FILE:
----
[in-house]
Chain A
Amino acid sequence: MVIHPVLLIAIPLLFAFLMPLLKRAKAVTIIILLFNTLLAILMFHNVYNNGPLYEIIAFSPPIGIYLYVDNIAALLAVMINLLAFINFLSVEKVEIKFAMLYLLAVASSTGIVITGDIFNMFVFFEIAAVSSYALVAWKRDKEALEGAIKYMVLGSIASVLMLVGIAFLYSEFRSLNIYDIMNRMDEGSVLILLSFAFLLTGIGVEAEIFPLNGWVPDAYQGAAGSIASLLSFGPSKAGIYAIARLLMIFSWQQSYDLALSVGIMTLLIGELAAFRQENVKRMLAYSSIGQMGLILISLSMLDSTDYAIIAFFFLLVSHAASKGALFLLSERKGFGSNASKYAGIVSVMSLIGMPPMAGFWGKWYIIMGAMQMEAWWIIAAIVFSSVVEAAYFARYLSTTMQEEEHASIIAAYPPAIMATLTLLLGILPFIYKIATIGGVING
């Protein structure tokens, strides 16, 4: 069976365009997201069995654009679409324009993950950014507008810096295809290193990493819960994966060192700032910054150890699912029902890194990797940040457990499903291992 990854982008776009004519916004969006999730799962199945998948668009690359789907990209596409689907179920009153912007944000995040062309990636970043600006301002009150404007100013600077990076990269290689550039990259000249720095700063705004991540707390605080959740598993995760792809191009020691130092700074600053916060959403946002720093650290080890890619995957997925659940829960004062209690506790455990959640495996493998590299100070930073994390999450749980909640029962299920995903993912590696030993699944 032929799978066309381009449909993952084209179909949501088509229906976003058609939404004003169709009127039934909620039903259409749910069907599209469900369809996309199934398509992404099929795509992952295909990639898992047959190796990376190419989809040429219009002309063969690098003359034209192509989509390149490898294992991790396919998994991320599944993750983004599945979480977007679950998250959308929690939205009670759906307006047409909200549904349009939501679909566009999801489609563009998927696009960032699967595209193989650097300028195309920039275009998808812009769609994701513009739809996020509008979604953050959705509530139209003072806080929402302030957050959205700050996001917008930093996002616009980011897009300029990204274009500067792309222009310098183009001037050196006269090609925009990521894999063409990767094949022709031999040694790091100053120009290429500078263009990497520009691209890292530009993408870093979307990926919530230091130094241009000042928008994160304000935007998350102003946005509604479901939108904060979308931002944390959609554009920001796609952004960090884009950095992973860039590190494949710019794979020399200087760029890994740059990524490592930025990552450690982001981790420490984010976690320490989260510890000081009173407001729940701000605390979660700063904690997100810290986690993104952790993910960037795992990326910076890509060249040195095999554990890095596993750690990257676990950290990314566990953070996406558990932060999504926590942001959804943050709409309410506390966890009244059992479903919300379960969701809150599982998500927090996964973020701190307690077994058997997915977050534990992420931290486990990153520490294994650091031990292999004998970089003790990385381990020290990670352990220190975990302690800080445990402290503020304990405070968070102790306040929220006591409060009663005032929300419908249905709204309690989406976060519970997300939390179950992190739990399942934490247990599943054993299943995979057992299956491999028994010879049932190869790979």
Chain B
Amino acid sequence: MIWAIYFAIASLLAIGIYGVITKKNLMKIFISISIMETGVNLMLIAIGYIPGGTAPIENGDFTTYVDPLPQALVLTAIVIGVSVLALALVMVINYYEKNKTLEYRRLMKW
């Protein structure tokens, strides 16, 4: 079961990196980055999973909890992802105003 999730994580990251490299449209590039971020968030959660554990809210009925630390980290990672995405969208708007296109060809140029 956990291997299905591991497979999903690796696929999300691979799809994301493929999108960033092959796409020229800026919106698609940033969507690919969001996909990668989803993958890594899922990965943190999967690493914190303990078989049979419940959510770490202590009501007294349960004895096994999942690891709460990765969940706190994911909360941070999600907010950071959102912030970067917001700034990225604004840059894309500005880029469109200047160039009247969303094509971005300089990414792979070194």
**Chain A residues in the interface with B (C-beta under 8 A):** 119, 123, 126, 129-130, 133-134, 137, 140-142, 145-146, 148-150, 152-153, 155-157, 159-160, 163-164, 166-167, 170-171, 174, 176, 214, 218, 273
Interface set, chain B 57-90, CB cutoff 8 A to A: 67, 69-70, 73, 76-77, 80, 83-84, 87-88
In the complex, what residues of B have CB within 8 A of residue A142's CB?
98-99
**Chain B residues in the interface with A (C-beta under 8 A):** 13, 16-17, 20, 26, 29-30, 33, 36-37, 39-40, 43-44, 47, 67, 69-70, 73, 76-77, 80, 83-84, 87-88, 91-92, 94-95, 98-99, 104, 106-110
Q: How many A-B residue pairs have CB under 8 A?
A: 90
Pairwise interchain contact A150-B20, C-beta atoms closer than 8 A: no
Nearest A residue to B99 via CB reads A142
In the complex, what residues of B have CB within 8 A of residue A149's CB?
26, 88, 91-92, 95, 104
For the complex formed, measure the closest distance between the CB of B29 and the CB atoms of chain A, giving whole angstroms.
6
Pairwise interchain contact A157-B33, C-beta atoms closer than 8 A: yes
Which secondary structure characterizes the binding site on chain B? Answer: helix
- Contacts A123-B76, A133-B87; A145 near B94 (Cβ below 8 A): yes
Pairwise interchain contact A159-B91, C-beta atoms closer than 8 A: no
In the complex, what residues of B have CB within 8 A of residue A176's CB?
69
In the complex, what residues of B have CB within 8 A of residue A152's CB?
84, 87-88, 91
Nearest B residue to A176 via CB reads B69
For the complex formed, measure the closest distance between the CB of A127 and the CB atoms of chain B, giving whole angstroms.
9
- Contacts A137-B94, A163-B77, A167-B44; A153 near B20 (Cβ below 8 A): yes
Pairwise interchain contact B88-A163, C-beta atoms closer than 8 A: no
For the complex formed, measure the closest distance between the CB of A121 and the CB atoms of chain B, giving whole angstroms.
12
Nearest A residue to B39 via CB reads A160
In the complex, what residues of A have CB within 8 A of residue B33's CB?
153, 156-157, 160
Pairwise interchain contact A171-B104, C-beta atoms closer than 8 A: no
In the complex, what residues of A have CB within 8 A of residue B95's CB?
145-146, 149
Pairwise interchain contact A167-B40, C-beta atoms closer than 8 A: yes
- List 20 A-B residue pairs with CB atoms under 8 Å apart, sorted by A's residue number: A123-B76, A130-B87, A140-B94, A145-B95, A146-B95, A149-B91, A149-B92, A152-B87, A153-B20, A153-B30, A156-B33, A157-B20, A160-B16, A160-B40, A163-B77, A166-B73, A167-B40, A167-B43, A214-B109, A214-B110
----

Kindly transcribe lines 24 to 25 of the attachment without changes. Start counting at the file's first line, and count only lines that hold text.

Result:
Pairwise interchain contact A159-B91, C-beta atoms closer than 8 A: no
In the complex, what residues of B have CB within 8 A of residue A176's CB?